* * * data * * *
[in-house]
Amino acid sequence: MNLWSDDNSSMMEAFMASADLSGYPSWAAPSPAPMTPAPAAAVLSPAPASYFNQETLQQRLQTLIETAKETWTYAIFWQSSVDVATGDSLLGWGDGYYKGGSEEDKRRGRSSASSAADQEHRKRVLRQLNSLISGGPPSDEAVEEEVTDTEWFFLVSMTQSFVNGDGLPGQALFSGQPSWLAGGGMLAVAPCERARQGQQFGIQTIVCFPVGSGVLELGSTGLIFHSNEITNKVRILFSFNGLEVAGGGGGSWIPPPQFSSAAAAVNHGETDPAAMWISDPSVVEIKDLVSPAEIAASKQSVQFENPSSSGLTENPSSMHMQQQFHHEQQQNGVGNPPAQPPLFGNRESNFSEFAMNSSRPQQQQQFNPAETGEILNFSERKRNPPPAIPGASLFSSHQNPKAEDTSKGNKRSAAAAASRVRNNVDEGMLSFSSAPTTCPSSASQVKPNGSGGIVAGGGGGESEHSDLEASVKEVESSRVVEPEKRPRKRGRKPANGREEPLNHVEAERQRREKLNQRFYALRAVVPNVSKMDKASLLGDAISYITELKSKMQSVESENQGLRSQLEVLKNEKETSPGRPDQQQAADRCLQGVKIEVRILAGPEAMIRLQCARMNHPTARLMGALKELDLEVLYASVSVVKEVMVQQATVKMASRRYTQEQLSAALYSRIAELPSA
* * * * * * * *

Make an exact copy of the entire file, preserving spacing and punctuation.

[in-house]
Amino acid sequence: MNLWSDDNSSMMEAFMASADLSGYPSWAAPSPAPMTPAPAAAVLSPAPASYFNQETLQQRLQTLIETAKETWTYAIFWQSSVDVATGDSLLGWGDGYYKGGSEEDKRRGRSSASSAADQEHRKRVLRQLNSLISGGPPSDEAVEEEVTDTEWFFLVSMTQSFVNGDGLPGQALFSGQPSWLAGGGMLAVAPCERARQGQQFGIQTIVCFPVGSGVLELGSTGLIFHSNEITNKVRILFSFNGLEVAGGGGGSWIPPPQFSSAAAAVNHGETDPAAMWISDPSVVEIKDLVSPAEIAASKQSVQFENPSSSGLTENPSSMHMQQQFHHEQQQNGVGNPPAQPPLFGNRESNFSEFAMNSSRPQQQQQFNPAETGEILNFSERKRNPPPAIPGASLFSSHQNPKAEDTSKGNKRSAAAAASRVRNNVDEGMLSFSSAPTTCPSSASQVKPNGSGGIVAGGGGGESEHSDLEASVKEVESSRVVEPEKRPRKRGRKPANGREEPLNHVEAERQRREKLNQRFYALRAVVPNVSKMDKASLLGDAISYITELKSKMQSVESENQGLRSQLEVLKNEKETSPGRPDQQQAADRCLQGVKIEVRILAGPEAMIRLQCARMNHPTARLMGALKELDLEVLYASVSVVKEVMVQQATVKMASRRYTQEQLSAALYSRIAELPSA